Friday, February 4, 2011

Kale and Cannellini Bean Soup

Kale and cannellini beans are a great match. The creamy beans balance the mild bitterness of the kale; and the two contrasting colors - light and dark - make for a visually attractive combination. This hearty soup, based on a Tuscan soup called Ribollita, makes a delicious one-dish meal.

A little advanced planning is needed if you want to start with dried cannellini beans, but the enhanced flavor is worth the extra effort. Canned cannellini beans are a fine, time-saving alternative. Once you've prepared the beans, the soup is a cinch to make.

To start with dried beans: Place 1 C dried cannellini beans in a pot large enough to cover the beans with 3 inches of cold water. That's 3 inches over the beans. Bring to a boil. Boil 1 minute. Remove from the heat. Cover and let stand 1 hour. Then drain the beans and return them to the pot. Add 5 C water, 1/2 C chopped onion, 2 whole garlic cloves (peeled), 1 bay leaf, and 1/2 T salt. Bring to a simmer and cook until the beans are tender, about 1 hour, maybe a little longer. Drain the beans, but keep the cooking liquid.

For the soup:
1 T olive oil
1/2 C chopped onion
2 clove garlic, chopped
1/2 C chopped celery
1 C chopped carrots
2-3 C cooked cannellini beans
3 C cooking liquid from the cannellini beans or stock
1 C canned diced Italian tomatoes in juice
1 bay leaf
1 t dried oregano
2-3 C chopped kale
1/4 C grated parmesan cheese
salt and pepper to taste

1. In a large stock pot, heat the olive oil and saute the onion and garlic for about 1 minute, being careful not to burn the garlic.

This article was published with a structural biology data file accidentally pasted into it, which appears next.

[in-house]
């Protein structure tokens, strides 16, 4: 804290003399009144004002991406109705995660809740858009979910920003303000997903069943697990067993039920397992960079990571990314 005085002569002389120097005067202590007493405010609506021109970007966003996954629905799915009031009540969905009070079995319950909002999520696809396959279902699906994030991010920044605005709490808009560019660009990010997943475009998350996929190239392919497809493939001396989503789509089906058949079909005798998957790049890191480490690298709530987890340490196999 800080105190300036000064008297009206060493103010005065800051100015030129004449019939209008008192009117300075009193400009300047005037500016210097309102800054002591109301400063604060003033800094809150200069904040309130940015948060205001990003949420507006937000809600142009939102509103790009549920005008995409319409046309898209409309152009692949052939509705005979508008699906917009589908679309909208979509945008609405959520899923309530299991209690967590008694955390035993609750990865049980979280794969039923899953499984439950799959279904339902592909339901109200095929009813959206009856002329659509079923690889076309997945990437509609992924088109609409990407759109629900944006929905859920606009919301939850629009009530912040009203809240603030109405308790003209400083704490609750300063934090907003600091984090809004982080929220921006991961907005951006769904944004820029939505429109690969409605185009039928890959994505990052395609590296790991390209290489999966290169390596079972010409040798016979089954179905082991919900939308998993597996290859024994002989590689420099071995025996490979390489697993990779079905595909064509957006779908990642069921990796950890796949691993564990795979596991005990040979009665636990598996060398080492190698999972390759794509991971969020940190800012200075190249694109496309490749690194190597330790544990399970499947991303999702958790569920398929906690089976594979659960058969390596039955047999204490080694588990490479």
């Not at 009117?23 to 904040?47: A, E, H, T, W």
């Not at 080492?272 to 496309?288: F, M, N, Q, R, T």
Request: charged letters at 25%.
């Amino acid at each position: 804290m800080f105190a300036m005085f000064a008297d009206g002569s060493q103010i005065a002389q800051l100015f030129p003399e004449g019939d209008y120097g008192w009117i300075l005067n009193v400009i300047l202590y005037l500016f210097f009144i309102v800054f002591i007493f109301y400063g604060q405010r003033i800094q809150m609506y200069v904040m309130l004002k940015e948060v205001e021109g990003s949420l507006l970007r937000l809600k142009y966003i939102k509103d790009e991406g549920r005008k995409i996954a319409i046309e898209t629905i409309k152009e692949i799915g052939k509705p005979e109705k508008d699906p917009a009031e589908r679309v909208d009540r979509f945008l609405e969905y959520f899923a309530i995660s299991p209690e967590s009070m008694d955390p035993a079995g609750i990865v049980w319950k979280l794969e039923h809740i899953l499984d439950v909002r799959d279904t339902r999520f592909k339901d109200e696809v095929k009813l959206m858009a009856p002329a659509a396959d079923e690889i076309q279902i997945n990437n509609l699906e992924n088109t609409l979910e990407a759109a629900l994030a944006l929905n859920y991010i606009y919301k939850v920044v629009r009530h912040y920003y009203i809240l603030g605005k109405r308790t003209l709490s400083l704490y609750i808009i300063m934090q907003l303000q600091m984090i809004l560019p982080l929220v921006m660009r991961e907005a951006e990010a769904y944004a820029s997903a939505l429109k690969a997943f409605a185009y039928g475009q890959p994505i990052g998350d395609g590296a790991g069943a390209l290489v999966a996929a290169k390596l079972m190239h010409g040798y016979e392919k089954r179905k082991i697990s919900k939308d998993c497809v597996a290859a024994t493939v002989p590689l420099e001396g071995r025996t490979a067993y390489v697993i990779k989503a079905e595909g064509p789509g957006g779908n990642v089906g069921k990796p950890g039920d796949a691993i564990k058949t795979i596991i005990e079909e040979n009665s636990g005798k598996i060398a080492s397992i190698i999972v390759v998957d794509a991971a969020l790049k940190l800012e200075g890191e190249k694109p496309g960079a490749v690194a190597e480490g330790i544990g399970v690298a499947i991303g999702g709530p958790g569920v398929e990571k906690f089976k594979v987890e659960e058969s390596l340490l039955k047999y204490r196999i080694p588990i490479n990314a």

2. Add the celery and carrots and cook for about 2 minutes.

3. Add the cannellini beans, cooking liquid or stock, tomatoes, bay leaf, oregano and kale. Simmer partially covered, stirring occassionally, for about 30 minutes or until the soup thickens.

4. Add the cheese and stir until melted and mixed well into the soup. Season with salt and pepper to taste. Serve with a grainy bread.

I like to smash some of the cannellini beans when stirring to thicken the soup. Omnivores might like to add some crumbled Italian sausage, but it's plenty hearty without meat.

Here's what this week's harvest brought us:

Young radish and chard micro-greens from Silver Lake Farms
Satsuma mandarins and Mexican white guavas from Rancho Santa Cecilia
And from Underwood Family Farms: celery, iceberg lettuce, purple kale, white carrots, leeks, French radishes. golden beets, Japanese turnips, and butternut squash.



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